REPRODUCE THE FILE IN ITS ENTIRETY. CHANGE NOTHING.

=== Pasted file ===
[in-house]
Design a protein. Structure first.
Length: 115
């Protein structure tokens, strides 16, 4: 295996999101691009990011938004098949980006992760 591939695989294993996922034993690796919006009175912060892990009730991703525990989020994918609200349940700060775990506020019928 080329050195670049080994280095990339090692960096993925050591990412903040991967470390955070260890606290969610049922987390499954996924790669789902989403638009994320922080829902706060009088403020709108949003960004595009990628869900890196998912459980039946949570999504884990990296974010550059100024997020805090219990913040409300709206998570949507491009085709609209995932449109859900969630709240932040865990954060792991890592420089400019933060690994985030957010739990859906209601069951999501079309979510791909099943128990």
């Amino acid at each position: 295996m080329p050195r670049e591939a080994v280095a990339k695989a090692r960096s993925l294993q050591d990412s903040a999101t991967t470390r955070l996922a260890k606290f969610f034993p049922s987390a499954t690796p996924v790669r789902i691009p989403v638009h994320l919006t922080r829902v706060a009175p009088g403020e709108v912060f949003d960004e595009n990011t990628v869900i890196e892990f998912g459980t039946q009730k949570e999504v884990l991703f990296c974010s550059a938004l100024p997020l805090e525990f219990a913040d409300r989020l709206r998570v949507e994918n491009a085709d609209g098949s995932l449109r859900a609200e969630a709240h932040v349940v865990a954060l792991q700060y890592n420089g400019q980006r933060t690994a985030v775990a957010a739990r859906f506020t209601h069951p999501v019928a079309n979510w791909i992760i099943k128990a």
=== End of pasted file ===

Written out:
[in-house]
Design a protein. Structure first.
Length: 115
């Protein structure tokens, strides 16, 4: 295996999101691009990011938004098949980006992760 591939695989294993996922034993690796919006009175912060892990009730991703525990989020994918609200349940700060775990506020019928 080329050195670049080994280095990339090692960096993925050591990412903040991967470390955070260890606290969610049922987390499954996924790669789902989403638009994320922080829902706060009088403020709108949003960004595009990628869900890196998912459980039946949570999504884990990296974010550059100024997020805090219990913040409300709206998570949507491009085709609209995932449109859900969630709240932040865990954060792991890592420089400019933060690994985030957010739990859906209601069951999501079309979510791909099943128990």
């Amino acid at each position: 295996m080329p050195r670049e591939a080994v280095a990339k695989a090692r960096s993925l294993q050591d990412s903040a999101t991967t470390r955070l996922a260890k606290f969610f034993p049922s987390a499954t690796p996924v790669r789902i691009p989403v638009h994320l919006t922080r829902v706060a009175p009088g403020e709108v912060f949003d960004e595009n990011t990628v869900i890196e892990f998912g459980t039946q009730k949570e999504v884990l991703f990296c974010s550059a938004l100024p997020l805090e525990f219990a913040d409300r989020l709206r998570v949507e994918n491009a085709d609209g098949s995932l449109r859900a609200e969630a709240h932040v349940v865990a954060l792991q700060y890592n420089g400019q980006r933060t690994a985030v775990a957010a739990r859906f506020t209601h069951p999501v019928a079309n979510w791909i992760i099943k128990a």